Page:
A Guide to the English Lab vs American Lab
Both American and British Labs make excellent companions and working dogs. So, what’s the difference?
If you’re looking for a verdict on the English vs American Lab debate, I’ll tell you right now: American Labradors are the clear winner. They’ve got good looks, athleticism, and hunting drive in spades. But that matchup is like pitting a dressage pony against a cowboy’s quarter horse: It doesn’t make a whole lot of sense because they have two very different jobs.
A more apt comparison is between British and American Labs. Because we Americans are notoriously bad at geography, we often use “English” and “British” interchangeably. When it comes to working retrievers, this matters because English Labs are not the same thing as British Labs. English Labs are the stocky, blocky, square-headed Labs that look more suited for napping than fetching. They are traditionally show dogs, or conformation dogs, from England.
British Labs, or field Labs, are bred for hunting and field trial work, and they look an awful lot like healthy American Labs: athletic, lean, and lively. “British” simply means these Labs have bloodlines originating in the British Isles, which includes England, yes, but also Ireland, Scotland, and Wales. (My own British Lab happens to be Irish.) Still, there are plenty of differences to note between British and English vs American Labs. Here’s a rundown.
The English Lab vs American Breed Standard
The American Kennel Club recognizes a single breed of Labrador retriever. In other words, English, British, and American Labs aren’t distinguished by any major genetic differences—they’re all just Labrador retrievers. That’s why the AKC’s and the UK Kennel Club’s descriptions of what an ideal Lab looks and behaves like have far more similarities than differences. For example, Labs from both America and England should have friendly eyes expressing “intelligence and good temper” and a tail that “may be carried gaily but should not curve over [the] back.”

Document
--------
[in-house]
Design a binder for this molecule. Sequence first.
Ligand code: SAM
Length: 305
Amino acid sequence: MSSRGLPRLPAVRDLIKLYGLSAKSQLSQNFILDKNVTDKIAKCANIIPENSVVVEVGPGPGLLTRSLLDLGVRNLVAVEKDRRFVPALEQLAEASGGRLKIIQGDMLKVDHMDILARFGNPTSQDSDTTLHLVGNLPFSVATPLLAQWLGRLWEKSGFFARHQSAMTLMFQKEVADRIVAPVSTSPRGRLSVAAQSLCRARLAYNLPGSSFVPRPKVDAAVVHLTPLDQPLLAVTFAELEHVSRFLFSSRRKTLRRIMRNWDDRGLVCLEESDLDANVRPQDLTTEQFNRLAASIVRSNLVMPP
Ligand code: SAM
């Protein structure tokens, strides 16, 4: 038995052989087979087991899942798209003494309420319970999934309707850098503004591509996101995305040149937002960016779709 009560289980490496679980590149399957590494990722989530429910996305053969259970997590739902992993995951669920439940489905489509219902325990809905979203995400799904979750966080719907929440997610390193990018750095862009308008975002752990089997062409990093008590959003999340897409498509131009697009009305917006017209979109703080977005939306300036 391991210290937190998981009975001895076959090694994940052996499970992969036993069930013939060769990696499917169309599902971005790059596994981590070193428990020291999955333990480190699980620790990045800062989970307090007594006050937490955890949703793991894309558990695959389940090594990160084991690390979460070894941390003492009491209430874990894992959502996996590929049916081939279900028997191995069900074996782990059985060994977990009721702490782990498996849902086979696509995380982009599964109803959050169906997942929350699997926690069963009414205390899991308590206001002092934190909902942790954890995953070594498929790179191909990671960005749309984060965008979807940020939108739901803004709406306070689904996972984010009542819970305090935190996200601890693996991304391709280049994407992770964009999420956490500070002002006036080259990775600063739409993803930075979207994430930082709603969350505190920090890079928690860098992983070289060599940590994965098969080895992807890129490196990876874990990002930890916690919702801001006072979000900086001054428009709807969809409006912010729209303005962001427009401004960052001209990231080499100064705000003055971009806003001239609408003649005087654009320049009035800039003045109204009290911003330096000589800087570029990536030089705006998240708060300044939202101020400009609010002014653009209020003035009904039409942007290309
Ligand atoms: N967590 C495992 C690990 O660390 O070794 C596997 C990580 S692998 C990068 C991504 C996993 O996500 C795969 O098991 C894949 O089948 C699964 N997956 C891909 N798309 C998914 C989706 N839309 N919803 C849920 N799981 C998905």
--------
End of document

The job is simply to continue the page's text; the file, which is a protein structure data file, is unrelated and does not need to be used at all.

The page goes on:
While physical differences can and do exist between American and British retrievers (more on this in a minute), size is usually the only reliable indicator of heritage, says Dave Bavero, owner of Waterstone Labradors in Boerne, Texas. British Labs tend to be smaller than American Labs.
Instead of major genetic differences, behavior and training preferences have shaped Labs so they reflect, somewhat comically, the stereotypes of their owners. American Labradors are vocal, enthusiastic, high-strung. English and British Labs are reserved, quieter, polite.
Physical Characteristics of Labs
Because the following characteristics are generally but not always true, a dog might be larger or smaller than the measurements associated with their bloodlines. Or they may have a mix of traits, like a blocky head and curving tail. When it comes to the English vs American Lab, overall size and personality is often a better indicator of breeding.
One note: The classic “otter tail” that is desirable in all Labs refers not to the length or curvature of a Lab’s tail, but to its rounded shape padded out with thick, dense hair. (If you’ve ever grabbed your Lab’s wagging tail to keep it from whacking you, you’ll understand.)
|American Lab||British Lab||English Lab|
|Weight||AKC breed standard for males: 65 to 80 pounds;|
females: 55 to 70 pounds
|No KC breed standard given. On average, males: 50 to 70 pounds; females 45 to 60 pounds||No KC breed standard given. On average, males: 50 to 80 pounds; females 45 to 60 pounds|
|Height||AKC breed standard for males: 22.5 to 24.5 inches;|
females: 21.5 to 23.5 inches
|KC breed standard for males: 22 to 22.5 inches; females: 21.5-22 inches||KC breed standard for males: 22 to 22.5 inches; females: 21.5-22 inches|